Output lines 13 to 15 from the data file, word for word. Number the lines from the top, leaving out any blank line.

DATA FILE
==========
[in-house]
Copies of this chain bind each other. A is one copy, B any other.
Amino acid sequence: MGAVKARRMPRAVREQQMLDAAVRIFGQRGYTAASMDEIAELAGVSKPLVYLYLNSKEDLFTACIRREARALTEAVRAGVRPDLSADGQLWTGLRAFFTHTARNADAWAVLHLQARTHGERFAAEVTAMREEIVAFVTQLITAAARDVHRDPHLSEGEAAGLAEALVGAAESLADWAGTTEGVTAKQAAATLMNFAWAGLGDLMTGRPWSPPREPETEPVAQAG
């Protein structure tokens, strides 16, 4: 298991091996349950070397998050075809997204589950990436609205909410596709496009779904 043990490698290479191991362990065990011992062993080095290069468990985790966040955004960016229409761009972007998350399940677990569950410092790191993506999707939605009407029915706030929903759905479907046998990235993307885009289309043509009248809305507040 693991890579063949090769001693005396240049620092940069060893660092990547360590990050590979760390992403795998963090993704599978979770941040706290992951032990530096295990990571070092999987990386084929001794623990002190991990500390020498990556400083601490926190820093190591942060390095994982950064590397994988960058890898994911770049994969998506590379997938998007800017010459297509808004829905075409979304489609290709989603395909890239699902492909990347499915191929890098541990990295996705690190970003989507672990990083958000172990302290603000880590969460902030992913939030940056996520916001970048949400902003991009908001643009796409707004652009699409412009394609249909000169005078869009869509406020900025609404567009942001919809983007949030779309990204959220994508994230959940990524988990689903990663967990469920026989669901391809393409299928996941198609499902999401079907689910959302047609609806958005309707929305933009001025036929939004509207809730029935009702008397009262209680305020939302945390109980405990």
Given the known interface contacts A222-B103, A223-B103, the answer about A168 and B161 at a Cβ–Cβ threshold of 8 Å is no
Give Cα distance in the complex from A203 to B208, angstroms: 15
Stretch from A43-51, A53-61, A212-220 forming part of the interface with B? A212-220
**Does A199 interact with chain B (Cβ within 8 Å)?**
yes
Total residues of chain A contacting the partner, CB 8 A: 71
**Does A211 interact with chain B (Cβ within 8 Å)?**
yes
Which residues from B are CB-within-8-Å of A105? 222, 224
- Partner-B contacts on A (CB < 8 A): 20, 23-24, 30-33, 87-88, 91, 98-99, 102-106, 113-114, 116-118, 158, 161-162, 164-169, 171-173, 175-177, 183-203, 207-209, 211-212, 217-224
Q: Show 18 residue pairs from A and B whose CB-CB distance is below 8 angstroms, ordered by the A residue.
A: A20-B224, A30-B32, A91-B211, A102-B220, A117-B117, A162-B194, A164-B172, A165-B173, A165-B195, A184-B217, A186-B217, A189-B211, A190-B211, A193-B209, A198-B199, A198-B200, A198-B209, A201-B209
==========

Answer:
Which residues from B are CB-within-8-Å of A105? 222, 224
- Partner-B contacts on A (CB < 8 A): 20, 23-24, 30-33, 87-88, 91, 98-99, 102-106, 113-114, 116-118, 158, 161-162, 164-169, 171-173, 175-177, 183-203, 207-209, 211-212, 217-224
Q: Show 18 residue pairs from A and B whose CB-CB distance is below 8 angstroms, ordered by the A residue.